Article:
The Reformation: How it helps people find a church today

Five hundred years ago, Martin Luther posted 95 theses (arguments or propositions against error) concerning unscriptural practices of the established Church on the church doors at Wittenburg, Germany. To understand this from today’s perspective, Reformation scholar Jan Strohl in “Luther’s Spirituality” wrote it best: “One could describe Luther’s career as the mounting of a life-long pastoral malpractice suit against the Church’s authority at every level of the hierarchy.”

Today, we all know the term “Malpractice” as it applies to doctors and surgeons who make life altering mistakes in judgment or treatment to patients. In his ‘malpractice suit’ against the Church, Luther called out those in the clergy who practiced errors in theology, or life altering mistakes against parishioners of the Church.

Perhaps Luther’s biggest argument against the faulty doctrinal practice of the Church was in the area of penance and the buying and selling of indulgences. An indulgence, in this context, is a meritorial credit, something earned through works to be applied against one’s sin to remit punishment. This changed the idea of penance to mean more than expression of sorrow over sin, but as a God-pleasing compensation to forgive sin.

The ‘malpractice’ occurred as clergy led church members to work for their forgiveness, leading them away from the doctrine of Justification, or how we are made right with God. Luther clarified from Scripture that we are justified to God by Jesus’ shed blood on the cross, as Jesus died in our place as the perfect, sin free sacrifice for the sins of the people. Jesus’ righteousness is given to us, received through faith, and by His wounds we are healed. We can never do enough on our own to offset our sin or make amends with God. Jesus Christ did it all. Our forgiveness and promise of eternal life are still free gifts to God’s faithful through Christ alone.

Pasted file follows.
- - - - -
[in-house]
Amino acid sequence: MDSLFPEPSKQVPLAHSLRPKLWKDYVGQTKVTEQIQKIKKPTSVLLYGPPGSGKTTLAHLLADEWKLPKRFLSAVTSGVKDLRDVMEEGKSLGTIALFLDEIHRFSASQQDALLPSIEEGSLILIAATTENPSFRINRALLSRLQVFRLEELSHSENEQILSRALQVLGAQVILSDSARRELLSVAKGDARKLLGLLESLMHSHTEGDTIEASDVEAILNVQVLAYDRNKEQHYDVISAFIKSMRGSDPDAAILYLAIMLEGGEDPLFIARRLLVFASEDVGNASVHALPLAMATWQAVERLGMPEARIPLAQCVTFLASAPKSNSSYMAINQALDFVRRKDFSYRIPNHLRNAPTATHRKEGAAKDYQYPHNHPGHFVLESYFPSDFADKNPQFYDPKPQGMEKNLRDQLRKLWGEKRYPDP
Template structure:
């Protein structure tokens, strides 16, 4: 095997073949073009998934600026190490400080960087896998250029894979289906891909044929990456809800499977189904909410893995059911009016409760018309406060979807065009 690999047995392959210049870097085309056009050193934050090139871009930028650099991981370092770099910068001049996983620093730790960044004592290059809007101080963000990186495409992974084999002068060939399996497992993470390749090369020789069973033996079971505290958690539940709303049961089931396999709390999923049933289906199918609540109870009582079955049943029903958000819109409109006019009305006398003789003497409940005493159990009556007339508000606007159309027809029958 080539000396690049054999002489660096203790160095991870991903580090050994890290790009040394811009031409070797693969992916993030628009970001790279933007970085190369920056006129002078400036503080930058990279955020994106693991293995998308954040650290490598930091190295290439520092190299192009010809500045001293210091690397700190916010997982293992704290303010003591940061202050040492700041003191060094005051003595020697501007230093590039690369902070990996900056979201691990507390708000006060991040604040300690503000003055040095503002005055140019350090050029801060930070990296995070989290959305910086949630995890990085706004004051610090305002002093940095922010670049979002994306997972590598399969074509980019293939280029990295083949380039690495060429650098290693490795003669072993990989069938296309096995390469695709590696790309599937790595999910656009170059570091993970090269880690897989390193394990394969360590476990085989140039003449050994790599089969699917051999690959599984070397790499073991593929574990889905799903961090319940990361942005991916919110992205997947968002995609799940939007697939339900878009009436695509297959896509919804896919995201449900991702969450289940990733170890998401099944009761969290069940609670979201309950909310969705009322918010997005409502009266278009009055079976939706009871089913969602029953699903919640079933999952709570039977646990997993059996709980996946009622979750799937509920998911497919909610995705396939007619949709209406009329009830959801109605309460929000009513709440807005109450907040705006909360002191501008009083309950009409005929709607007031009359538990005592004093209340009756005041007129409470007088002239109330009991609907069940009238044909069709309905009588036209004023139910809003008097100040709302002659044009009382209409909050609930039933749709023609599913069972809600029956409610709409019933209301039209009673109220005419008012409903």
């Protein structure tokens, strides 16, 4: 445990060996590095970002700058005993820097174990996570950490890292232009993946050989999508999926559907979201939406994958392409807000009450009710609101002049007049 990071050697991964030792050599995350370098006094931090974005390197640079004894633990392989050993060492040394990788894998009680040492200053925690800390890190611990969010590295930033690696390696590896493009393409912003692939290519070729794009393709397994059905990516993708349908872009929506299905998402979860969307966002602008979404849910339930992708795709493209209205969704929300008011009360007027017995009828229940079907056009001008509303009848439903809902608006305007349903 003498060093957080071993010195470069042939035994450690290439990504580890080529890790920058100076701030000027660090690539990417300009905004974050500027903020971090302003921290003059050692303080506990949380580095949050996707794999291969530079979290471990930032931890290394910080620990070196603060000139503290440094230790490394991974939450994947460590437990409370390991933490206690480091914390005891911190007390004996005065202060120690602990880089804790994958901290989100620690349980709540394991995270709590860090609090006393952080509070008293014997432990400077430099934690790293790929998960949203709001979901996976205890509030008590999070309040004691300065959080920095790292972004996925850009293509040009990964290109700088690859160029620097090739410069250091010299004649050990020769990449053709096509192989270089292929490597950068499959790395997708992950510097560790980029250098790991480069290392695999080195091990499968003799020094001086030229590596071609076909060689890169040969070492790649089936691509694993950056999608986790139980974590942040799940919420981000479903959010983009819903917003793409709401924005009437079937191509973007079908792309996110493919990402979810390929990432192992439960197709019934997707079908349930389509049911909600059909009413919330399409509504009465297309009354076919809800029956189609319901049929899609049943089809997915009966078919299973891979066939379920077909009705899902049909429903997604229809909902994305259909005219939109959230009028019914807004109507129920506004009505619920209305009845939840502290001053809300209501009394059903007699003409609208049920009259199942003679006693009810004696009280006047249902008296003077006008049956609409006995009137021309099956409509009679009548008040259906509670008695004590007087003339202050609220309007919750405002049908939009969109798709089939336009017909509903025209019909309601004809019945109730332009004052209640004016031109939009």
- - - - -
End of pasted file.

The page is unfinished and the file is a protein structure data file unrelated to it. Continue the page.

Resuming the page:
In finding a church today, families consider many things: church size, friendliness, style of worship, the pastor’s preaching style, programs, age demographic, Sunday School, etc. Yet the first and most important consideration is often overlooked: does the church profess the true doctrine according to God’s Holy Scriptures? Are the people led by faithful teaching and is the church professing true doctrine? How tragic it would be to find a church promoting malpractice.

Not all Christian churches are in total agreement over every doctrine. But certain doctrines are not subject to compromise or interpretation, for instance, all good Christian churches must agree on the doctrine of the Trinity: Father, Son and Holy Spirit, that Jesus is the only way to the Father. From here we learn the doctrine of our justification before God, through Jesus’ shed blood on the cross for the forgiveness of sins, and not of our work, merit or purchase of indulgences.

Luther corrected the errors of the ancient Church, that we might be led in truth and righteousness today.

To learn more about the Reformation or finding a church, contact our churches: St. Paul Lutheran Church in Fredonia (672-6731), Immanuel Lutheran Church in Gowanda (532-4342), or Trinity Lutheran Church in Silver Creek (934-2002).

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